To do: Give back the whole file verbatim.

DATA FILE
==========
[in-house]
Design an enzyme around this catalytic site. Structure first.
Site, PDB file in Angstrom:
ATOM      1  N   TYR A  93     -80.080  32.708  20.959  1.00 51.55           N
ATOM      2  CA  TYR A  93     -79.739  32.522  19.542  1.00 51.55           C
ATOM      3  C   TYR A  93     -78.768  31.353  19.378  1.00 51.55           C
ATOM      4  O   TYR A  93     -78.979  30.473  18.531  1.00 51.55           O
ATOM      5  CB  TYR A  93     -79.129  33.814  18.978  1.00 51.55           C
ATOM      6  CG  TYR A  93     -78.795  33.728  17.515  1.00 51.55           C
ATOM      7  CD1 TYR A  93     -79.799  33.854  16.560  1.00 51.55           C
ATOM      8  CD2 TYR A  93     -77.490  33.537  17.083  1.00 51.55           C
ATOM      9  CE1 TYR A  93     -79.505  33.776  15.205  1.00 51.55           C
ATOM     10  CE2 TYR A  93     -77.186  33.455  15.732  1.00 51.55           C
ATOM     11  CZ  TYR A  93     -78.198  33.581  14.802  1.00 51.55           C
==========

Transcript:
[in-house]
Design an enzyme around this catalytic site. Structure first.
Site, PDB file in Angstrom:
ATOM      1  N   TYR A  93     -80.080  32.708  20.959  1.00 51.55           N
ATOM      2  CA  TYR A  93     -79.739  32.522  19.542  1.00 51.55           C
ATOM      3  C   TYR A  93     -78.768  31.353  19.378  1.00 51.55           C
ATOM      4  O   TYR A  93     -78.979  30.473  18.531  1.00 51.55           O
ATOM      5  CB  TYR A  93     -79.129  33.814  18.978  1.00 51.55           C
ATOM      6  CG  TYR A  93     -78.795  33.728  17.515  1.00 51.55           C
ATOM      7  CD1 TYR A  93     -79.799  33.854  16.560  1.00 51.55           C
ATOM      8  CD2 TYR A  93     -77.490  33.537  17.083  1.00 51.55           C
ATOM      9  CE1 TYR A  93     -79.505  33.776  15.205  1.00 51.55           C
ATOM     10  CE2 TYR A  93     -77.186  33.455  15.732  1.00 51.55           C
ATOM     11  CZ  TYR A  93     -78.198  33.581  14.802  1.00 51.55           C